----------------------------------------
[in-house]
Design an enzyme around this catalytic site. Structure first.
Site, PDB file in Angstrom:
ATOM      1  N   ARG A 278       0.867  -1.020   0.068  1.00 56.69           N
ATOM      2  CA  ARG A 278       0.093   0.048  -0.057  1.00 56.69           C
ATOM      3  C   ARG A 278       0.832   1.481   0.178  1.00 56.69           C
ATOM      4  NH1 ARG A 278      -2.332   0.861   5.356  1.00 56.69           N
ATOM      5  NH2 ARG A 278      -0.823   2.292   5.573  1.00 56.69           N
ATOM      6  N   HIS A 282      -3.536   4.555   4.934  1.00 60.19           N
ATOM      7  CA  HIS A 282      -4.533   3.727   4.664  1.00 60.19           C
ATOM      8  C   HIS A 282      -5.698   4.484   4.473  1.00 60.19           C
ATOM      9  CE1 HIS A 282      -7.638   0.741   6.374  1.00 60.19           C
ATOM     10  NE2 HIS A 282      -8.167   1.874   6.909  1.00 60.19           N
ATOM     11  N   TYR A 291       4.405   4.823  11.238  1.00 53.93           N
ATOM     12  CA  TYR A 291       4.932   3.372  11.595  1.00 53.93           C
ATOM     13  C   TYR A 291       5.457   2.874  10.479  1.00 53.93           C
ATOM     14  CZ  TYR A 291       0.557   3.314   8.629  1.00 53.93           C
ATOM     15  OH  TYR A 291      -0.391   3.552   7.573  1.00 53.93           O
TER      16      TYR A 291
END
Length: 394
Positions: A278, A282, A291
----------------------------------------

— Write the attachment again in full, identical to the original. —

[in-house]
Design an enzyme around this catalytic site. Structure first.
Site, PDB file in Angstrom:
ATOM      1  N   ARG A 278       0.867  -1.020   0.068  1.00 56.69           N
ATOM      2  CA  ARG A 278       0.093   0.048  -0.057  1.00 56.69           C
ATOM      3  C   ARG A 278       0.832   1.481   0.178  1.00 56.69           C
ATOM      4  NH1 ARG A 278      -2.332   0.861   5.356  1.00 56.69           N
ATOM      5  NH2 ARG A 278      -0.823   2.292   5.573  1.00 56.69           N
ATOM      6  N   HIS A 282      -3.536   4.555   4.934  1.00 60.19           N
ATOM      7  CA  HIS A 282      -4.533   3.727   4.664  1.00 60.19           C
ATOM      8  C   HIS A 282      -5.698   4.484   4.473  1.00 60.19           C
ATOM      9  CE1 HIS A 282      -7.638   0.741   6.374  1.00 60.19           C
ATOM     10  NE2 HIS A 282      -8.167   1.874   6.909  1.00 60.19           N
ATOM     11  N   TYR A 291       4.405   4.823  11.238  1.00 53.93           N
ATOM     12  CA  TYR A 291       4.932   3.372  11.595  1.00 53.93           C
ATOM     13  C   TYR A 291       5.457   2.874  10.479  1.00 53.93           C
ATOM     14  CZ  TYR A 291       0.557   3.314   8.629  1.00 53.93           C
ATOM     15  OH  TYR A 291      -0.391   3.552   7.573  1.00 53.93           O
TER      16      TYR A 291
END
Length: 394
Positions: A278, A282, A291